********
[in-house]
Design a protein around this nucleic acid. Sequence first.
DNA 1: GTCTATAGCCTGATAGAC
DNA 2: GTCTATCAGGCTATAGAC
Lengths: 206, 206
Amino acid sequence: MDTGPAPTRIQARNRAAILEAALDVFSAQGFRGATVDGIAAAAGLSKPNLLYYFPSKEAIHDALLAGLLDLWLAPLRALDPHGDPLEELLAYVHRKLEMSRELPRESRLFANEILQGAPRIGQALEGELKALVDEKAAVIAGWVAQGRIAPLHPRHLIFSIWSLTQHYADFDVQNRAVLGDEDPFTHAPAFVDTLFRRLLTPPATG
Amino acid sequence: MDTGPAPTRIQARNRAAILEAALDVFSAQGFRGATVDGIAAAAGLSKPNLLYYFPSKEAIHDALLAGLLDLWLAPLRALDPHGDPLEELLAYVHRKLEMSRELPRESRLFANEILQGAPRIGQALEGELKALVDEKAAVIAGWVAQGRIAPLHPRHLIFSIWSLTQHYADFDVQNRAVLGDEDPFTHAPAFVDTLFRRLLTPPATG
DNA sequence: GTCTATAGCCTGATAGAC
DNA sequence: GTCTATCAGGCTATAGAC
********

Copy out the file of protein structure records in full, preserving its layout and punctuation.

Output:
[in-house]
Design a protein around this nucleic acid. Sequence first.
DNA 1: GTCTATAGCCTGATAGAC
DNA 2: GTCTATCAGGCTATAGAC
Lengths: 206, 206
Amino acid sequence: MDTGPAPTRIQARNRAAILEAALDVFSAQGFRGATVDGIAAAAGLSKPNLLYYFPSKEAIHDALLAGLLDLWLAPLRALDPHGDPLEELLAYVHRKLEMSRELPRESRLFANEILQGAPRIGQALEGELKALVDEKAAVIAGWVAQGRIAPLHPRHLIFSIWSLTQHYADFDVQNRAVLGDEDPFTHAPAFVDTLFRRLLTPPATG
Amino acid sequence: MDTGPAPTRIQARNRAAILEAALDVFSAQGFRGATVDGIAAAAGLSKPNLLYYFPSKEAIHDALLAGLLDLWLAPLRALDPHGDPLEELLAYVHRKLEMSRELPRESRLFANEILQGAPRIGQALEGELKALVDEKAAVIAGWVAQGRIAPLHPRHLIFSIWSLTQHYADFDVQNRAVLGDEDPFTHAPAFVDTLFRRLLTPPATG
DNA sequence: GTCTATAGCCTGATAGAC
DNA sequence: GTCTATCAGGCTATAGAC